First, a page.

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Co-parenting is in your future. Could it be amicable?

Divorcing couples who share children have to deal with two serious issues that couples without children don't. First, they have to worry about how to minimize or mitigate the potentially destructive impact of divorce on the kids. Secondly, they also have to find some way to work together in a professional or friendly manner for the foreseeable future.

Couples without children can divorce and go their separate ways. They may never see one another again. Couples with kids typically can't always avoid each other, no matter how acrimonious the divorce becomes. There will be regular exchanges of custody, to say nothing of important days like birthdays, holidays and graduations. On those special days, the children are likely going to be happiest if both of their parents can be there.

The truth is that the solution to the second concern is also part of the solution to the first one. In other words, if parents can find a way to work together to raise their kids, they can likely also minimize how hard the divorce is on the children.

To make things work, you need firm rules

One of the most important things you can do to ensure the success of your co-parenting relationship with your ex is to fully commit to creating a parenting plan. That plan should have guidance in it for any predictable situation your family will encounter. From routine parenting time concerns to the division of holidays, birthdays and special events, your parenting plan should tackle every difficult situation.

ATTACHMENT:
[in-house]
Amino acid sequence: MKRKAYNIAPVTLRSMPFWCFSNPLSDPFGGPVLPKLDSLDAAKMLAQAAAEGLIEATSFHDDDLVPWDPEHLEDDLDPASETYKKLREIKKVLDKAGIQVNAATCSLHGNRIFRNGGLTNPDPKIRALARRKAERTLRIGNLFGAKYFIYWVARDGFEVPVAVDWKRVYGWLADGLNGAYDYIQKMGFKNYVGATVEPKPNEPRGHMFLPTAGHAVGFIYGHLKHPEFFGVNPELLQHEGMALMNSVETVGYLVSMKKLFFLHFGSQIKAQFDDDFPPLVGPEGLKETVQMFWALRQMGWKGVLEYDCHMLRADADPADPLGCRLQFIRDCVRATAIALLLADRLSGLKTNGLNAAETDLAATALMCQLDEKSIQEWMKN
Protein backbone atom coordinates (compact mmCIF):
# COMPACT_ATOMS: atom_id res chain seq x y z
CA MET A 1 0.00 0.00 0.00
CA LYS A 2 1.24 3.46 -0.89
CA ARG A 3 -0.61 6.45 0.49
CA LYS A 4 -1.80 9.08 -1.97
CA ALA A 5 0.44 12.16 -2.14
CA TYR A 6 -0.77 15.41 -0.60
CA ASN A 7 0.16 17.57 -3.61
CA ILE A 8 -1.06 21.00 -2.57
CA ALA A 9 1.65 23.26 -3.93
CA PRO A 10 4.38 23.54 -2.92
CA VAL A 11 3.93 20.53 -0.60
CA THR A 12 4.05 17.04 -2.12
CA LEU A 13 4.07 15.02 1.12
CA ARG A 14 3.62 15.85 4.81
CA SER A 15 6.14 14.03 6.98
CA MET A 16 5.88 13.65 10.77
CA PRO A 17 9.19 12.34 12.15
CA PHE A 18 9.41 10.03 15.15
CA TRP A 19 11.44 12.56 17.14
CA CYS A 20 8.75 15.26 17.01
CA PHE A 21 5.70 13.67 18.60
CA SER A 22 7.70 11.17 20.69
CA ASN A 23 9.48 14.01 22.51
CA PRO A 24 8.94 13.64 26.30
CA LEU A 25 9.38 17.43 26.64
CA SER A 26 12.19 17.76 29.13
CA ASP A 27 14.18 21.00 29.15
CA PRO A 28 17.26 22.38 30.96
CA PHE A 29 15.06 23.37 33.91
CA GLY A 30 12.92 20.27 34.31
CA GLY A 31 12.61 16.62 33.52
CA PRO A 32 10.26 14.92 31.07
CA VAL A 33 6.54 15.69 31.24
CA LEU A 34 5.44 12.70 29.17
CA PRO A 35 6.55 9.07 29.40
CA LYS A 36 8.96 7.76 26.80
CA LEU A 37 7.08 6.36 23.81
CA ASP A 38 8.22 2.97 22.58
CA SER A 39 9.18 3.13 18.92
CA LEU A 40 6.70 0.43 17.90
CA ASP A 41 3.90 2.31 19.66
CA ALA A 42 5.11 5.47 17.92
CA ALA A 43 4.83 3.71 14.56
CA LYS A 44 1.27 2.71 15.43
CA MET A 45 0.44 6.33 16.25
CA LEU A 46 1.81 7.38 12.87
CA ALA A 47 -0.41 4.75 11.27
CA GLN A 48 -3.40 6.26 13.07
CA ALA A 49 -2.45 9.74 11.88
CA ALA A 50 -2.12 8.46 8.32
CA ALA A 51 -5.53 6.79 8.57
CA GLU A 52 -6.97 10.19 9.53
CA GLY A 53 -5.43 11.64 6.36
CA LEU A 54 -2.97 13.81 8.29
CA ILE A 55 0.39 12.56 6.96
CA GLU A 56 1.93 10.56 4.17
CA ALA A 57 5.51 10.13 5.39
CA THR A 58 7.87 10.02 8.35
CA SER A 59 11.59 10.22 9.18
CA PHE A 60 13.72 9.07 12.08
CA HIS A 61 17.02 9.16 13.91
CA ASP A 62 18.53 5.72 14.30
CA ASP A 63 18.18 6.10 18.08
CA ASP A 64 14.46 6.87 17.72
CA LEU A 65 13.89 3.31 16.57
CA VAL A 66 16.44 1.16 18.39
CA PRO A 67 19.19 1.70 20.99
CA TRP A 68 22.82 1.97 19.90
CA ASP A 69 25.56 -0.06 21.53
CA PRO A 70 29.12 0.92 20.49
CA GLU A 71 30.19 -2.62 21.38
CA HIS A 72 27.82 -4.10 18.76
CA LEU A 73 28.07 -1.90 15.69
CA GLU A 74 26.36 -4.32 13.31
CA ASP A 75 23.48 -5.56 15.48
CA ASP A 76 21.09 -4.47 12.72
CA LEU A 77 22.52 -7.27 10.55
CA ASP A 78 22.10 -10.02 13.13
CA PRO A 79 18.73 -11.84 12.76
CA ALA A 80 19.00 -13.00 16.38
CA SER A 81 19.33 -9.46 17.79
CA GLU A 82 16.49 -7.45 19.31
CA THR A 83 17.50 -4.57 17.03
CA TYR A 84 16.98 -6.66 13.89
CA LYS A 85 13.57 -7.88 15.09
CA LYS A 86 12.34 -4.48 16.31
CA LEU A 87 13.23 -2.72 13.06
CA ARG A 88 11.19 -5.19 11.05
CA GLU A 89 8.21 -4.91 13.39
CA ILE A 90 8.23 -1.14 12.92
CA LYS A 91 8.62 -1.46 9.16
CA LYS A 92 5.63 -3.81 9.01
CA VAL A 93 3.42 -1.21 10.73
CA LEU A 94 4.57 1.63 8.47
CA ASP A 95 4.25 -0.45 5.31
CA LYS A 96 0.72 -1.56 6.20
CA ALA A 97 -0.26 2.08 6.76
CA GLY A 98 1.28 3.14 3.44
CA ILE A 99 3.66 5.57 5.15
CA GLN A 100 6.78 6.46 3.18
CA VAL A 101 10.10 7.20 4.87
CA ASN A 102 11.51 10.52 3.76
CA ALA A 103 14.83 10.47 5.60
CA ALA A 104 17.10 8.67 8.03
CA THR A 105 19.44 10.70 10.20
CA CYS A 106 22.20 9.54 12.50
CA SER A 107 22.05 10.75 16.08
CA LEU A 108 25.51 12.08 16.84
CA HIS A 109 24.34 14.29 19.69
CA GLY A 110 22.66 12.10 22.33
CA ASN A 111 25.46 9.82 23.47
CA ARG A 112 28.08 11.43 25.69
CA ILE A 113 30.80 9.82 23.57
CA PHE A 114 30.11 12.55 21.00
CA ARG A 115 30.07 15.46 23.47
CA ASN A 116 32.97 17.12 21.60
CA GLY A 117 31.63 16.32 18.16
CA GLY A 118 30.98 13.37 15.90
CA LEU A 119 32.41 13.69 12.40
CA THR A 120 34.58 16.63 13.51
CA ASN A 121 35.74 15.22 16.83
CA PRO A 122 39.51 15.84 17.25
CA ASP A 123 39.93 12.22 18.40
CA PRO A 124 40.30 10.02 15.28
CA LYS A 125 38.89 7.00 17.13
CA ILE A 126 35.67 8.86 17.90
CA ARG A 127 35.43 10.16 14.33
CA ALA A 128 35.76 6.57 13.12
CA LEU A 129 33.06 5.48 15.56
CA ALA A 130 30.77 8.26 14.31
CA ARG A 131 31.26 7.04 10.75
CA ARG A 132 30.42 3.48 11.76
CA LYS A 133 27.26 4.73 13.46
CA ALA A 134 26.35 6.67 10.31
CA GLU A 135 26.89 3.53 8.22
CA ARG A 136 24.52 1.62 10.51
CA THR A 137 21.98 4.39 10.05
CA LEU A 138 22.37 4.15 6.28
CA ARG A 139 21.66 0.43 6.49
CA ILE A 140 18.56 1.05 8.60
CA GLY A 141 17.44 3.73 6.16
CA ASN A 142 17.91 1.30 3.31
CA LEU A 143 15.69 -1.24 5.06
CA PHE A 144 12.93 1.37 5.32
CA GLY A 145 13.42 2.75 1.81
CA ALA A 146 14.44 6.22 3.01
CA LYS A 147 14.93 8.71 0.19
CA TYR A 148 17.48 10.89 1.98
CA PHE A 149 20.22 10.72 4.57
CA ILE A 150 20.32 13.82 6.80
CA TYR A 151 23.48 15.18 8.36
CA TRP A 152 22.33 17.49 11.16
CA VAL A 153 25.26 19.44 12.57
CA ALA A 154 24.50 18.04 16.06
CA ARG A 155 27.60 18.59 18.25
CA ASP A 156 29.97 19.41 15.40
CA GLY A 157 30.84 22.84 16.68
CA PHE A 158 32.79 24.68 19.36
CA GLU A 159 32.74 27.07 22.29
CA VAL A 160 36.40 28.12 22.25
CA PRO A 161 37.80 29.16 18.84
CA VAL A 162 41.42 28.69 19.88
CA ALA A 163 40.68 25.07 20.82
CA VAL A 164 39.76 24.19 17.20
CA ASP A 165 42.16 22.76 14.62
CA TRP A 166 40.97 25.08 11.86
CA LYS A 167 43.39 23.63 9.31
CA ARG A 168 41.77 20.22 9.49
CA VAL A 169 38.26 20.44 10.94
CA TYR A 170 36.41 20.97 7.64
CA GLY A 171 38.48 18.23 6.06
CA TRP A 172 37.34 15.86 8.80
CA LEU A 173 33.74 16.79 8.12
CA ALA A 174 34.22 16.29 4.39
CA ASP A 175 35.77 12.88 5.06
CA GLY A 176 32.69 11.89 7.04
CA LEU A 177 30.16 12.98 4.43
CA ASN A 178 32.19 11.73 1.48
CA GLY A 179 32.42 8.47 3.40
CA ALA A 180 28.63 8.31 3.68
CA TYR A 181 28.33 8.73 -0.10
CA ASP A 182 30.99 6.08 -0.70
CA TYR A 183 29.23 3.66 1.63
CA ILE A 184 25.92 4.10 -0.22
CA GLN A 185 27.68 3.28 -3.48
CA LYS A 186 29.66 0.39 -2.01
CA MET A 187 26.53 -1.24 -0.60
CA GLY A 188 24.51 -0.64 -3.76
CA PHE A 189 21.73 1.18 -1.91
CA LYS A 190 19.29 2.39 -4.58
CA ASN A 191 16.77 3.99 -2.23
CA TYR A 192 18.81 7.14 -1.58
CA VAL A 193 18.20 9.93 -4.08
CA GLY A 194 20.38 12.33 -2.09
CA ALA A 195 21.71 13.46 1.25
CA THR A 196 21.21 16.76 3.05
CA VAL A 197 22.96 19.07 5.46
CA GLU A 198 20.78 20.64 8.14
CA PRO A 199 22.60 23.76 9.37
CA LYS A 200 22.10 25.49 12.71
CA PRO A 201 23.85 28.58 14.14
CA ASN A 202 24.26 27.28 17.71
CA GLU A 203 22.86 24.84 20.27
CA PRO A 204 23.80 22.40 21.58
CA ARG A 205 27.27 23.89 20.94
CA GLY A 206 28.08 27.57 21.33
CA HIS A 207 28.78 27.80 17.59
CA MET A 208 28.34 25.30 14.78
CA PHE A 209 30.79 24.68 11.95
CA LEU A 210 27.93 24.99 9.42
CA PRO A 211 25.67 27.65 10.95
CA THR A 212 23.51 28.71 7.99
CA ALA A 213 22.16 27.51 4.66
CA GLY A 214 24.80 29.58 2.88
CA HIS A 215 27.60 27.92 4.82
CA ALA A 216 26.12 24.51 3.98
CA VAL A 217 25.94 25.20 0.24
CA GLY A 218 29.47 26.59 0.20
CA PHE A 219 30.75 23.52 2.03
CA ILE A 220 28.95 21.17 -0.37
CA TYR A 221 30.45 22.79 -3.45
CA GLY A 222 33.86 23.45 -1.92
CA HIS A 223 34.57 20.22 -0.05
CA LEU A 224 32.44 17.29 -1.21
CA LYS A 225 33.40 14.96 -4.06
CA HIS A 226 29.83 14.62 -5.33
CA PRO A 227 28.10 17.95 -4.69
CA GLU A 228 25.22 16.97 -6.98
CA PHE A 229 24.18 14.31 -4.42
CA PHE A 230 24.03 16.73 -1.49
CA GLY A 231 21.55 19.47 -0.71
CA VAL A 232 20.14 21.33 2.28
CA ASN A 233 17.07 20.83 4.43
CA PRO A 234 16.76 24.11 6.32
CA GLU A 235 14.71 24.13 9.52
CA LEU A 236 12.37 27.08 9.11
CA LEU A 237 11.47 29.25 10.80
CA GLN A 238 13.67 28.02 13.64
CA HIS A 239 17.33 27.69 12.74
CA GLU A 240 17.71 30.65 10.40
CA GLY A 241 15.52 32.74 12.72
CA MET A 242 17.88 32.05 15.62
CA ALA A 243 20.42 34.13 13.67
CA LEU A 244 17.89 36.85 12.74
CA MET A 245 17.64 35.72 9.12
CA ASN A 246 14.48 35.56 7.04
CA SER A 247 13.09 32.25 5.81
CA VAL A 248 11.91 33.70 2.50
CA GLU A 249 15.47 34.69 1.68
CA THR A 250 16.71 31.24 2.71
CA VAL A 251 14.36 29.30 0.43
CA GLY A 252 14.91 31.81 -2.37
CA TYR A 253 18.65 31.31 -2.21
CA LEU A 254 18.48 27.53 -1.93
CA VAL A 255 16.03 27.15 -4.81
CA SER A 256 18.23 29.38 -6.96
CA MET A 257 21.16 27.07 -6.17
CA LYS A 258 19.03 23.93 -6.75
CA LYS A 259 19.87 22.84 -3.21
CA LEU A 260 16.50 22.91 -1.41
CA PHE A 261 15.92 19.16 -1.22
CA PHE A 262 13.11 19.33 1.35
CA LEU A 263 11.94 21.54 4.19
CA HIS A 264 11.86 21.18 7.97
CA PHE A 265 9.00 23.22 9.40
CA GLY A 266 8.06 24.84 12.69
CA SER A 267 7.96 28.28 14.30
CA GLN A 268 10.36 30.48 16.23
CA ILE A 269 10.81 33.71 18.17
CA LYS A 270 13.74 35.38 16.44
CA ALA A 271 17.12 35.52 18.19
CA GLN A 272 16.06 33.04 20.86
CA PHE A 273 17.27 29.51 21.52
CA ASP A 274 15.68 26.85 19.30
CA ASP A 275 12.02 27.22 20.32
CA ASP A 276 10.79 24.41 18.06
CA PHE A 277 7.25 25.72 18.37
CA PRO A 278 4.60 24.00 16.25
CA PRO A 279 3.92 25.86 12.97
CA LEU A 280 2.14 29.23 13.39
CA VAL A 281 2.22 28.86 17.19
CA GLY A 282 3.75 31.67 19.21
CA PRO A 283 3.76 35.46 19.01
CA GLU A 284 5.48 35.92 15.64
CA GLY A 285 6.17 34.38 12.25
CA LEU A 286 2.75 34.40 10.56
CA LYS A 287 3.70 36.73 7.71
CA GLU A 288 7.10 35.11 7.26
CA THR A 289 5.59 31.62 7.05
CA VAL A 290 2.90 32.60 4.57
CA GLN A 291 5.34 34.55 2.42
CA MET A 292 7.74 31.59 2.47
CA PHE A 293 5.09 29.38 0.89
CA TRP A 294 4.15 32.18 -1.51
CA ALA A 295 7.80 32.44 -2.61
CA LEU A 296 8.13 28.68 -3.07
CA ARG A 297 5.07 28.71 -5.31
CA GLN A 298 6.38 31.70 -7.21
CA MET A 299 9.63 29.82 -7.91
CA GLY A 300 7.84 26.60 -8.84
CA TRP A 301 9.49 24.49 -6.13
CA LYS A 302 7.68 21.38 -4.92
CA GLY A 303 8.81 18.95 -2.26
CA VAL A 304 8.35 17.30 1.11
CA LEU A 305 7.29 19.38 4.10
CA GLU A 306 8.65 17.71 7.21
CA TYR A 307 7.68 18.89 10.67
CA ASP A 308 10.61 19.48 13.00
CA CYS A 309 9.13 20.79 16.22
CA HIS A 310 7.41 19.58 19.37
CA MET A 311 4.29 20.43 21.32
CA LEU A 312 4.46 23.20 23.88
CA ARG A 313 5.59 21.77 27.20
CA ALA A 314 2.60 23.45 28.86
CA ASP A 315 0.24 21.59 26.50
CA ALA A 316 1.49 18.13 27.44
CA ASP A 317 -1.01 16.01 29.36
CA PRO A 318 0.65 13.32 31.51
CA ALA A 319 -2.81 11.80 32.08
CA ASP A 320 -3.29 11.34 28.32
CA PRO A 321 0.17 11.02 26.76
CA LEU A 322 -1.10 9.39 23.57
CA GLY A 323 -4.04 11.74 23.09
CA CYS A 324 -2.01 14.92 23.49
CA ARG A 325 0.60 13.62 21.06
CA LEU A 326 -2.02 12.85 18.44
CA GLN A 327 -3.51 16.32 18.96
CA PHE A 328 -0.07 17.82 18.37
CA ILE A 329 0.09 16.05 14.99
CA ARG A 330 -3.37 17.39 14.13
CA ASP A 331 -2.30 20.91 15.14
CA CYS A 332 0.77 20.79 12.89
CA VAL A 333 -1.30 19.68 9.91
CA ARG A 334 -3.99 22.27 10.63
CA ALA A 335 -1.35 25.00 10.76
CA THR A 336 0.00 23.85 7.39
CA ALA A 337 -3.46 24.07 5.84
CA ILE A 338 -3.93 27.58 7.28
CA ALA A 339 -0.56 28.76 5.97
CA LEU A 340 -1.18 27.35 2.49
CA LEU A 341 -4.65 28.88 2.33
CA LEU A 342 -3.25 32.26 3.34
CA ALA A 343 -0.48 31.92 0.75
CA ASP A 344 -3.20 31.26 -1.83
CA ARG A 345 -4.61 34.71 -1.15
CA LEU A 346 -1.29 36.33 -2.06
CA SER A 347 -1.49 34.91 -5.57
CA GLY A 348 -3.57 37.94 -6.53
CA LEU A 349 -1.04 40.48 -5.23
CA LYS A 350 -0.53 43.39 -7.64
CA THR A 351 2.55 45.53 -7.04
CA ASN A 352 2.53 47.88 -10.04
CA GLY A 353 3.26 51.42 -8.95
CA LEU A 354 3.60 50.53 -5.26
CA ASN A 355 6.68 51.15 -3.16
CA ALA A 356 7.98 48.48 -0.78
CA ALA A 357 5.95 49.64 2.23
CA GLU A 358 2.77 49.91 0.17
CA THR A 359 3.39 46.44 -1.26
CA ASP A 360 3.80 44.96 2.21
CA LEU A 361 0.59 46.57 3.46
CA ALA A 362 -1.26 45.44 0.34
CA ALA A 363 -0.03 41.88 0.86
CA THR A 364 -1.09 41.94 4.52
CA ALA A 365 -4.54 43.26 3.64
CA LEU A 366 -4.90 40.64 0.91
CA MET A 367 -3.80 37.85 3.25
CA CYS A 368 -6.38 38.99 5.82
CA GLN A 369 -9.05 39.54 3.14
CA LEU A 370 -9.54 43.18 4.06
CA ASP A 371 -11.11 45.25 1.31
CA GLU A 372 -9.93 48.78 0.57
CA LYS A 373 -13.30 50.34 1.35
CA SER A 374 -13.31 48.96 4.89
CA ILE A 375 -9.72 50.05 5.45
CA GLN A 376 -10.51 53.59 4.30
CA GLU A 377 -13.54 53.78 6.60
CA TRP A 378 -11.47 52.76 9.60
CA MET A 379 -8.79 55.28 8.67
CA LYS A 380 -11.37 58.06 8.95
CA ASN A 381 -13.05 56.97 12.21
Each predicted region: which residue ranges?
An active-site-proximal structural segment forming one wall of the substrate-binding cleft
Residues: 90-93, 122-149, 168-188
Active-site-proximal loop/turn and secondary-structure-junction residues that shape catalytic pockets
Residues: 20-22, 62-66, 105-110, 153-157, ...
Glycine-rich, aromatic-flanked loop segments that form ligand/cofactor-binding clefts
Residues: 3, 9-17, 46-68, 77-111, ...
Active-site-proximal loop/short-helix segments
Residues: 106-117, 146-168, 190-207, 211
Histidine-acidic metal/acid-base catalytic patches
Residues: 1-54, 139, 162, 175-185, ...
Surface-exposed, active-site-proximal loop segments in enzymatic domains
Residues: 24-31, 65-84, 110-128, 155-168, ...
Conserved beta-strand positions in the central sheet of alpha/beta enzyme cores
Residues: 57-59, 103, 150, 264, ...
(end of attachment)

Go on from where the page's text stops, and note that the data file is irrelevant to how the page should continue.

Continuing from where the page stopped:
You should also include rules for the children as well as the parents. You may want to have rules in place about how you communicate, especially during times of conflict. If you can both refer to the parenting plan and abide by the terms you set, you will be able to navigate even the most emotionally difficult circumstances that arise after your divorce.

Let the children serve as the foundation for your new relationship

You and your ex don't have to be best buddies in order to parent well together. You don't need to spend time alone with each other, get each other birthday presents or magically become best friends again. However, you do need to be able to be generally nice and at least professional with one another.

Ideally, you can approach your interactions with your ex from a place of compassion and compromise. If you both try to be flexible when issues arise, you will be able to navigate difficult situations without creating hostile interactions that will upset your children. It can be difficult to work with your ex after a divorce. However, if you stay focused on your kids, the chances are good that you can make your co-parenting relationship work.

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5885 N. Wayne RD | The | Smith | Law Offices, P.C. | 734.729.4465
5885 N. Wayne RD | The | Smith | Law Offices, P.C. | 734.729.4465

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